“There is no good to be had of digging down too deep into things, looking for connections, patterns, a lost key that will explain the puzzling inconsistencies of life. Nor is there any benefit to dreaming up a mysterious cabal, malign or benign, like the Fraternity of the Rose Cross, that is capable of manipulating the world with its esoteric knowledge. These are false stories, the one searching for unity, for a return to what we were, a time before the Fall, the other looking to absolve ourselves of responsibility for the state of the world. They are elective illusions, ways of distracting ourselves from what we have become and what we will always be. That is the true grail, knowing that we are what we are and that there was no better world in the past to which we may still aspire.”
This is not a rejection of religion so much as a critique of fanaticism as well as a bit of an apology for corruption. The defrocked priest is, in the end, not lost; he receives the education he needs from his union with a woman in order to be closer to God. It’s not for nothing that Augustine had his concubine, I suppose.
Having never been afraid of women myself, I am not all that sympathetic to the Priest’s journey of discovery. But I don’t think that is where the real story is anyway. In this many-layered tale, there is interpretive material enough for any reader’s predilection.
What Davis does next is nothing short of genius. The “practical joke” riddle turns out, quite accidentally, to lead to mysterious treasure after all. It’s going to take a bit of explaining why this is, in my opinion, a deliciously literary plot twist.
First some background. Tita is a midwife and a general healer, and the locals think her a witch for the herbs she uses in her practice. In truth, Tita is plain speaking, has a lot of common sense and is the best “doctor” the people have. Although Paracelsus is not specified in the list of research interests, the 16th century alchemist, arguably one of the first modern doctors, seems strongly suggested by the character of Tita. Paracelsus famously claimed that a doctor must “seek out old wives, gypsies, sorcerers, wandering tribes, old robbers, and such outlaws and take lessons from them. A doctor must be a traveler. Knowledge is experience.” In fact Davis, himself also an accomplished writer of walking guides, may be identified with Paracelsus, the ever-wandering student, who famously crisscrossed his way throughout Europe and the Middle East.
It is the circuitous way in which Paracelsus made important scientific discoveries that is important to our literary plot twist. Alchemists like Paracelsus and Davis’ Eugene thought that the Book of Nature could be read like poetry, and that there was a divine meaning to be discovered in puns, etymologies, and virtually any coincidental similarity. Accordingly, Paracelsus reasoned that small doses of mercury could cure syphilis because it was caught “in the Market Place” so to speak (mercury and market come from the same root word). And he was right. Mercury does treat syphilis—but not because of the name. But who cares how we get there, as long as we arrive at a good place.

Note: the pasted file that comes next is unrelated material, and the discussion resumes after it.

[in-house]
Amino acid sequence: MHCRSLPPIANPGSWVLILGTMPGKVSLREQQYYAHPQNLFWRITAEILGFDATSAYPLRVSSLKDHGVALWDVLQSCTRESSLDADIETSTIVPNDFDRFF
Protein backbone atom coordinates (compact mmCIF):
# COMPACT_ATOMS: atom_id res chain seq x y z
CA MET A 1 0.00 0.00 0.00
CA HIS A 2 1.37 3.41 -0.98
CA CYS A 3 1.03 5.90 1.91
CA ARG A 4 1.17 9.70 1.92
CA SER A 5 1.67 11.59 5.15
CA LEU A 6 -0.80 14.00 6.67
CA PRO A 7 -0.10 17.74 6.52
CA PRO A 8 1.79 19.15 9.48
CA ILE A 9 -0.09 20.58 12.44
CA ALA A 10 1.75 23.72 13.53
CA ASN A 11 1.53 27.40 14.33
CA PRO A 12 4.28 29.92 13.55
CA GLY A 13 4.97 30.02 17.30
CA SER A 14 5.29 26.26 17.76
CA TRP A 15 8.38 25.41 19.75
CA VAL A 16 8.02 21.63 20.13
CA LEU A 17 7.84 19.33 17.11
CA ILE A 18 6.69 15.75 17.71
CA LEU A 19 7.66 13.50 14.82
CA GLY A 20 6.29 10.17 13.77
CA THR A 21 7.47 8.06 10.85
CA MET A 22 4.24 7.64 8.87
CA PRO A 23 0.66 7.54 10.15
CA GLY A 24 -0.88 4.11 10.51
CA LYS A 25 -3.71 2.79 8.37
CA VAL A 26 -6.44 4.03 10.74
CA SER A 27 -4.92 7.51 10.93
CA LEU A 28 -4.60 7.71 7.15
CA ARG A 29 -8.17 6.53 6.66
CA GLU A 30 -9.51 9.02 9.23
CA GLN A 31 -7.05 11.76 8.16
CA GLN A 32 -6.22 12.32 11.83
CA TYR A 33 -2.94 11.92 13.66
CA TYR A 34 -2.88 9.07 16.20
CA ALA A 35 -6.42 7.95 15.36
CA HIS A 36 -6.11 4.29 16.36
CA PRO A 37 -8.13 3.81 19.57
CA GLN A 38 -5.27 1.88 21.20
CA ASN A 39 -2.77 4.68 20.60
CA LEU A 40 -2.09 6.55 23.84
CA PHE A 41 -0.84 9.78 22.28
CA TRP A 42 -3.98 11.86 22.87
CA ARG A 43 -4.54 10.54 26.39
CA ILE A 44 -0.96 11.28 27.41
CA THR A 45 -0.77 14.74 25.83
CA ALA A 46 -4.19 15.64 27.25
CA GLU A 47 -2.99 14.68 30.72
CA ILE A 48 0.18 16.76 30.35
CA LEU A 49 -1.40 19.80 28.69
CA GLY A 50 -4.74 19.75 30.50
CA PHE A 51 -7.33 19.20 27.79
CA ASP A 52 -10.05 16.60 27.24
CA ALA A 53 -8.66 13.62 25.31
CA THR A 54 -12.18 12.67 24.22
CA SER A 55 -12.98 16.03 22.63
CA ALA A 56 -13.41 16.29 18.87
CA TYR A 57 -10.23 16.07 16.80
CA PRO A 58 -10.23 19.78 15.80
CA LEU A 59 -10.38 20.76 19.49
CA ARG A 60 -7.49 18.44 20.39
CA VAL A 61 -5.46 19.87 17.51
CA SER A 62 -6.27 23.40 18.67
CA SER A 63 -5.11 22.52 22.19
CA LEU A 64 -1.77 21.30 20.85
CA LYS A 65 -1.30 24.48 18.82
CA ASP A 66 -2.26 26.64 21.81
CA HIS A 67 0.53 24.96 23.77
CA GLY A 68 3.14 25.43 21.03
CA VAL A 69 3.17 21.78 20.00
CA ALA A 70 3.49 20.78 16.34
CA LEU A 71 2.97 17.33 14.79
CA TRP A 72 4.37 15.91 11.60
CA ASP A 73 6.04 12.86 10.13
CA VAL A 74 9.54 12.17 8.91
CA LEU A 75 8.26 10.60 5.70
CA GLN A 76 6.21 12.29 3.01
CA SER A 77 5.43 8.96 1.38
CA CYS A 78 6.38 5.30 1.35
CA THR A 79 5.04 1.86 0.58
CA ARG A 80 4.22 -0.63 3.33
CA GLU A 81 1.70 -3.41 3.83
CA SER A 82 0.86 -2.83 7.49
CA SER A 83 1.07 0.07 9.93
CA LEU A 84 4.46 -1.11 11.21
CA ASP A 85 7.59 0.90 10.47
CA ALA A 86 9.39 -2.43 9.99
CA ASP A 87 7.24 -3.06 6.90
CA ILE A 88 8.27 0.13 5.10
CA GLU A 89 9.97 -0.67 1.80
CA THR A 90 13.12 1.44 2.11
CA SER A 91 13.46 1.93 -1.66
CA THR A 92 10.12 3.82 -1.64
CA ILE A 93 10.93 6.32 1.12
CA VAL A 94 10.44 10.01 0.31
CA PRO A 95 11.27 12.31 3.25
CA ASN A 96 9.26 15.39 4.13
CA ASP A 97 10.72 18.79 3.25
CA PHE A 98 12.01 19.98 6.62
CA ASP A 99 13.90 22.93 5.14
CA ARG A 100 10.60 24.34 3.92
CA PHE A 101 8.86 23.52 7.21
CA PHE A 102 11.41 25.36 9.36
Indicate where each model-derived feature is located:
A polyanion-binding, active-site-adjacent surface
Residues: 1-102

After thoroughly emptying the Lucifer Emblem and the Grail Riddle of any possible real meaning by revealing the fact that they are hoaxes devised by Dom Robert, Davis proceeds to reanimate the riddle. While there is no correct interpretation to the riddle because there is no actual intention—it’s only nonsense—the priest’s incorrect interpretation leads him to a hidden tunnel, a secret burial chamber with treasures and, possibly, even the coveted stone. I am reminded of Lem’s His Master’s Voice in which hundreds of scientists seek to decode an apparently random but repeating string of signals from deep space, and they all find something meaningful, from cures for the common cold to new kinds of energy. There is something very marvelous about misinterpretations that turn out to be true in unexpected ways. The American philosopher C. S. Peirce called this form of “logic” abduction, and it helps a thinker “leap” to new discoveries. Such accidental discoveries may be the driving force of all new creations under the sun. This, I contend, is the only true form of “magic” that exists in the world. It’s nature’s magic and it’s poetry.
Dom Robert says it well, “Words can conjure up all manner of wonders, you know. Which is why one should be careful about what one invents. You never know when it might come true. Besides, we look at the world, we listen, we make patterns. We do it despite ourselves. No matter how whimsical, some of them must have a bearing on reality. Or be so vague that they match whatever passes for reality. That’s all part of the game.” He later adds, “Learning has its limits, but imagination can encompass almost everything.”
In some ways, the alchemists were the first “literary” readers. They are responsible, perhaps, for what we call literary fiction. To them nothing was merely literal. Everything had an other meaning. This attitude toward the world and sacred texts later became the poetic imagination. Poetry is possible only in an atmosphere that encourages readers to wonder, for instance, what transcendental might have to do with dentistry (to repeat Nabokov, another great connoisseur of alchemical coincidence).
The Pilgrim of Love is a beautifully arranged meditation on the art of being human. The dialogue is a pleasure to read, always natural and clever, even when concerning the most profound philosophical issues. Davis evokes sympathy for all of the characters, even, or maybe even especially, for the “bad” or naïve ones—the mark of an excellent storyteller. I can hope we hear more from the wandering Jesuit.
–V. N. Alexander, author of Locus Amoenus, 2015